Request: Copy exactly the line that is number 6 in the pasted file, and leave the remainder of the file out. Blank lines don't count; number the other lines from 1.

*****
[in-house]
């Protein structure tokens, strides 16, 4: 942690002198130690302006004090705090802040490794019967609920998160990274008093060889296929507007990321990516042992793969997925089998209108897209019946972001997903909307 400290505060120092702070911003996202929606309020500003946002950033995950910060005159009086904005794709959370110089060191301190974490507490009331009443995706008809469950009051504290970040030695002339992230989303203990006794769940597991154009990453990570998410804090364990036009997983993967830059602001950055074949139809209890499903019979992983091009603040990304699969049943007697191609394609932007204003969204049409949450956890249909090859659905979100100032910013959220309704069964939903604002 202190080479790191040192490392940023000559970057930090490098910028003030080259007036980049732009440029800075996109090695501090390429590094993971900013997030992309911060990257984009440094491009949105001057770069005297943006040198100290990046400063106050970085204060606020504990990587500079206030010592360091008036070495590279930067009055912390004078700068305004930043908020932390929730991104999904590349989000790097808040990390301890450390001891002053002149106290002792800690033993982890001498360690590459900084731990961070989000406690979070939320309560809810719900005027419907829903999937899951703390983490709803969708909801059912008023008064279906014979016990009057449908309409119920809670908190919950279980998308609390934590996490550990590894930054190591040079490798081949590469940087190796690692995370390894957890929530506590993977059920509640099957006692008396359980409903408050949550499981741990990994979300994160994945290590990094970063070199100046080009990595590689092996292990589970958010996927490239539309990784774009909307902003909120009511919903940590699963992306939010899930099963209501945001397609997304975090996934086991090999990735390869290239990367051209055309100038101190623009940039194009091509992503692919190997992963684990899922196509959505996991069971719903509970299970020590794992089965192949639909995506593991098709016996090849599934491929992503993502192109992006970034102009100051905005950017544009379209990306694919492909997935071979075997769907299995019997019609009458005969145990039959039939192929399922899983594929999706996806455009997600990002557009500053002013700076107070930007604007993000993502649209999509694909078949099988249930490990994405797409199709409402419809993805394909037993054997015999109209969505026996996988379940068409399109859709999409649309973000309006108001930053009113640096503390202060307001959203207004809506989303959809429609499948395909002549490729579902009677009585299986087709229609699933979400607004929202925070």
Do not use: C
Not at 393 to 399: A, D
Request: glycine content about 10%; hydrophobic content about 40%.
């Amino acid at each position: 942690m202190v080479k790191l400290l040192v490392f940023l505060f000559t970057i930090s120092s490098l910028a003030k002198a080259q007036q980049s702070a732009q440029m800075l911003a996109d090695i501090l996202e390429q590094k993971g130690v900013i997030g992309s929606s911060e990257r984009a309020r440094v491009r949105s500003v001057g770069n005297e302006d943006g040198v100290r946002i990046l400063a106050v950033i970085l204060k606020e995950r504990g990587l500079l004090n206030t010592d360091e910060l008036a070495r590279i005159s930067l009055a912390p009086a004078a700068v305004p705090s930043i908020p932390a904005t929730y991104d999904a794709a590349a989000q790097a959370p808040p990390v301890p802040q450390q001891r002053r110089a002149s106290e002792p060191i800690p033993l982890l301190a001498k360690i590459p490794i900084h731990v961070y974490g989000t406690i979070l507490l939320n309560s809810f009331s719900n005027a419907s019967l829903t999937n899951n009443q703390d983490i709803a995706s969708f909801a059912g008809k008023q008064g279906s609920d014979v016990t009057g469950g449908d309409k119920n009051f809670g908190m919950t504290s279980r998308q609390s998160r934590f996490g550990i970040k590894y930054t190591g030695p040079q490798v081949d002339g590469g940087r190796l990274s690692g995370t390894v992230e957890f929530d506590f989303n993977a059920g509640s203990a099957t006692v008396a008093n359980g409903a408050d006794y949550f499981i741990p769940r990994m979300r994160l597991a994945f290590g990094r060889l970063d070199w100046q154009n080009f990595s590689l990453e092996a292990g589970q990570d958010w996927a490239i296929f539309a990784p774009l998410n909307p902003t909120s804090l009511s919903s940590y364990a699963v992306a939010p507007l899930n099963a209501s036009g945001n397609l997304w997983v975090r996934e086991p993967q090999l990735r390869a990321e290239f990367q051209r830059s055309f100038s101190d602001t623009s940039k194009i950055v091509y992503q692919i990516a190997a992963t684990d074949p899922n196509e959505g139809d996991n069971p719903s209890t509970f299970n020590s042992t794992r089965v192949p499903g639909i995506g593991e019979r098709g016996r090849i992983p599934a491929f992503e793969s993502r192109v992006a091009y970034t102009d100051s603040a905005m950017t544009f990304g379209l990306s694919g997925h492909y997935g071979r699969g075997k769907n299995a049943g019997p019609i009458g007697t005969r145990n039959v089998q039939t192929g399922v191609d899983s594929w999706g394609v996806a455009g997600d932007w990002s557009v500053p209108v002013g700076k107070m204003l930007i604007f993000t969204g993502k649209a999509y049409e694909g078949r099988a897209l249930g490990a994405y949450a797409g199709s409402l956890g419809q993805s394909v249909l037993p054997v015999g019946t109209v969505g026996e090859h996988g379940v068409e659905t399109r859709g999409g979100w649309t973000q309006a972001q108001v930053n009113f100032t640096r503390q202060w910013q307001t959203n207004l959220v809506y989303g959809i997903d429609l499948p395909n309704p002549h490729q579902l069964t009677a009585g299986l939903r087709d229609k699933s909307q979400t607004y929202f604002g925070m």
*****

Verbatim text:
């Amino acid at each position: 942690m202190v080479k790191l400290l040192v490392f940023l505060f000559t970057i930090s120092s490098l910028a003030k002198a080259q007036q980049s702070a732009q440029m800075l911003a996109d090695i501090l996202e390429q590094k993971g130690v900013i997030g992309s929606s911060e990257r984009a309020r440094v491009r949105s500003v001057g770069n005297e302006d943006g040198v100290r946002i990046l400063a106050v950033i970085l204060k606020e995950r504990g990587l500079l004090n206030t010592d360091e910060l008036a070495r590279i005159s930067l009055a912390p009086a004078a700068v305004p705090s930043i908020p932390a904005t929730y991104d999904a794709a590349a989000q790097a959370p808040p990390v301890p802040q450390q001891r002053r110089a002149s106290e002792p060191i800690p033993l982890l301190a001498k360690i590459p490794i900084h731990v961070y974490g989000t406690i979070l507490l939320n309560s809810f009331s719900n005027a419907s019967l829903t999937n899951n009443q703390d983490i709803a995706s969708f909801a059912g008809k008023q008064g279906s609920d014979v016990t009057g469950g449908d309409k119920n009051f809670g908190m919950t504290s279980r998308q609390s998160r934590f996490g550990i970040k590894y930054t190591g030695p040079q490798v081949d002339g590469g940087r190796l990274s690692g995370t390894v992230e957890f929530d506590f989303n993977a059920g509640s203990a099957t006692v008396a008093n359980g409903a408050d006794y949550f499981i741990p769940r990994m979300r994160l597991a994945f290590g990094r060889l970063d070199w100046q154009n080009f990595s590689l990453e092996a292990g589970q990570d958010w996927a490239i296929f539309a990784p774009l998410n909307p902003t909120s804090l009511s919903s940590y364990a699963v992306a939010p507007l899930n099963a209501s036009g945001n397609l997304w997983v975090r996934e086991p993967q090999l990735r390869a990321e290239f990367q051209r830059s055309f100038s101190d602001t623009s940039k194009i950055v091509y992503q692919i990516a190997a992963t684990d074949p899922n196509e959505g139809d996991n069971p719903s209890t509970f299970n020590s042992t794992r089965v192949p499903g639909i995506g593991e019979r098709g016996r090849i992983p599934a491929f992503e793969s993502r192109v992006a091009y970034t102009d100051s603040a905005m950017t544009f990304g379209l990306s694919g997925h492909y997935g071979r699969g075997k769907n299995a049943g019997p019609i009458g007697t005969r145990n039959v089998q039939t192929g399922v191609d899983s594929w999706g394609v996806a455009g997600d932007w990002s557009v500053p209108v002013g700076k107070m204003l930007i604007f993000t969204g993502k649209a999509y049409e694909g078949r099988a897209l249930g490990a994405y949450a797409g199709s409402l956890g419809q993805s394909v249909l037993p054997v015999g019946t109209v969505g026996e090859h996988g379940v068409e659905t399109r859709g999409g979100w649309t973000q309006a972001q108001v930053n009113f100032t640096r503390q202060w910013q307001t959203n207004l959220v809506y989303g959809i997903d429609l499948p395909n309704p002549h490729q579902l069964t009677a009585g299986l939903r087709d229609k699933s909307q979400t607004y929202f604002g925070m």